With her combined chartered accounting experience at Allan Hall Business Advisors and her first-hand commercial experience as a small business CFO, the expertise she offers her clients includes tax management, cash flow and profit enhancement and how to negotiate the many regulatory requirements facing businesses.

Internally, Katherine has played a leading role in the selection, development, mentoring and management of our strong team of accounting and support staff. She is committed to growing effective teams with clear communication and honest, transparent feedback and always has time and support for her team members. Her leadership has contributed to the continued awards that Allan Hall Business Advisors has won over recent years, including our announcement as Best Business Advisory Firm in the 2023 Client Choice Awards.

We warmly welcome Katherine to the Director Group and look forward to her ongoing success at Allan Hall.

We know you will all join us in congratulating Katherine on this wonderful achievement! 

Read Katherine’s full profile here »



Help for Directors to apply for a DIN

The Australian Business Registry Services have started contacting directors who are required to apply now for a director identification number (director ID).

Our clients who are currently directors or who are planning to become a director will need to apply for a director ID. Directors appointed under the Corporations Act:

  • before 1 November 2021, must apply by 30 November 2022
  • between 1 November 2021 and 4 April 2022, must apply within 28 days of being appointed
  • from 5 April 2022, must apply before being appointed.

You can find more information about who needs to apply for a director ID at

Applying for a director ID online

Allan Hall cannot apply for a director ID on a client’s behalf. A director must apply for a director ID themselves. Apply for a director ID online at

Directors must set up their myGovID with a standard or strong identity strength before they apply for a director ID.

Applicants will need at least two of the following Australian identity documents to prove their identity:

  • Driver’s licence or learner’s permit
  • Passport
  • Birth certificate
  • Visa (using a foreign passport)
  • Citizenship certificate
  • ImmiCard
  • Medicare card

You can find a list of documents that you can use to prove your identity at

Directors will need additional information that the Australian Taxation Office (ATO) knows about you when applying for a director ID online.

  1. Tax file number (not essential, but recommended)
  2. residential address as held by the ATO, and
  3. information from two documents to prove your identity — applicants can use any two of these documents:
  • Bank account details held by the ATO
  • ATO notice of assessment
  • Super account details
  • Dividend statement
  • Centrelink payment summary
  • PAYG payment summary

You can find more information about which documents can be used to prove your identity at

Directors who don’t apply online

The Australian Securities and Investment Commission (ASIC) is responsible for enforcing director ID offences set out in the Corporations Act 2001. It is a criminal offence if directors do not apply on time, for more information about the penalties that may be applied, visit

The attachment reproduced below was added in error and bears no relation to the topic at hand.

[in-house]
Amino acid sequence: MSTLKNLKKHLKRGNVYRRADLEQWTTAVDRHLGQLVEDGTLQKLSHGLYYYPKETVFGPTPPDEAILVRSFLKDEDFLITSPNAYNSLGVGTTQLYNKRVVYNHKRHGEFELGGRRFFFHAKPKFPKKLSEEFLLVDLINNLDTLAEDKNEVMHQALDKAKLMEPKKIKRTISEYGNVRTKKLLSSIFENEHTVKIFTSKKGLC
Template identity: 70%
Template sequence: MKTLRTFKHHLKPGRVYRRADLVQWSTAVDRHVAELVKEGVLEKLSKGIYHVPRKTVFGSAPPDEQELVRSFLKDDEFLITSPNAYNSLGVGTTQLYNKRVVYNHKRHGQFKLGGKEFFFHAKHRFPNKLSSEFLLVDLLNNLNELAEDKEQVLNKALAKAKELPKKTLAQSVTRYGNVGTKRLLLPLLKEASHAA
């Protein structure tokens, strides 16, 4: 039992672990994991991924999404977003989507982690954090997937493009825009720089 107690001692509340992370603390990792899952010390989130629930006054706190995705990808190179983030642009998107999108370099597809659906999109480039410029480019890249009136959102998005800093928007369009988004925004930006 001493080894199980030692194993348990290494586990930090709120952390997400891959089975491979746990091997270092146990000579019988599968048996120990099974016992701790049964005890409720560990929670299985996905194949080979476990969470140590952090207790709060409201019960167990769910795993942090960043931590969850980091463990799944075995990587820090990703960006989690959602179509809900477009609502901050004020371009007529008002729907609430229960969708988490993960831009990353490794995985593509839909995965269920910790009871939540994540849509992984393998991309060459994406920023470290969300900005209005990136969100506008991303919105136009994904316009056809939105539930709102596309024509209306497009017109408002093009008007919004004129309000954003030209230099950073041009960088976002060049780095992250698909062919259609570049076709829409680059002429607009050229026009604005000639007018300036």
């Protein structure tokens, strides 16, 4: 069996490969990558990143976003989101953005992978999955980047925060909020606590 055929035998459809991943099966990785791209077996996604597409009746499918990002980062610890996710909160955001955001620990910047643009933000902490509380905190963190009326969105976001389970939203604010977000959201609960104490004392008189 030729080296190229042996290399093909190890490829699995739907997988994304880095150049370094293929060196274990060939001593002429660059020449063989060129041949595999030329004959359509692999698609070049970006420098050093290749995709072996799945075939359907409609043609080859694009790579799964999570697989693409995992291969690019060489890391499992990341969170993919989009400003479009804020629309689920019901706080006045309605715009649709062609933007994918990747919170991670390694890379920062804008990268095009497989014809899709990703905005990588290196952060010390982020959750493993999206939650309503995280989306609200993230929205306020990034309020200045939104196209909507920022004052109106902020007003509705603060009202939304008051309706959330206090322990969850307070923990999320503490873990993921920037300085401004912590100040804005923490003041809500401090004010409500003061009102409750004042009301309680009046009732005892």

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director id video

ABRS Video: Director ID in 3 steps

Director Identification Number deadline November 2022

If you need a director identification number (director ID), this video may help with your online application — outlined in 3 easy steps.

The ABRS is reaching out to directors who haven’t applied for their director ID within prescribed timeframes.

Directors are encouraged to avoid penalties for non-compliance by applying now:

director id video


suited man seated in a field

Director penalty notices

ATO follow up of unmet PAYG withholding, Superannuation Guarantee Charge and GST

In March the ATO started contacting company directors to inform them about their potential personal liability for company tax debts under the Director Penalty Notice (DPN) program.

A letter is being sent to directors of companies if the company has not met their debt obligations in respect of PAYG withholding, Superannuation Guarantee Charge and GST.

Directors will be notified that the ATO is considering issuing them with a DPN, which makes them personally liable for the debts of their business if the company does not actively manage their debt.

The focus is on making directors aware of their obligations and personal liabilities, and the actions that may be taken if they don’t engage. Clear pathways will be provided to re-engage, work with the ATO and avoid escalation.

There is information on the ATO website for help with paying and support in difficult times. It is crucial that directors engage with the ATO early before any debts become unmanageable.

Directors can access the ATO’s payment plan estimator to work out an affordable plan.

Generally, while there is a debt, general interest charges continue to apply so make sure all lodgments are bought up to date to avoid further penalties.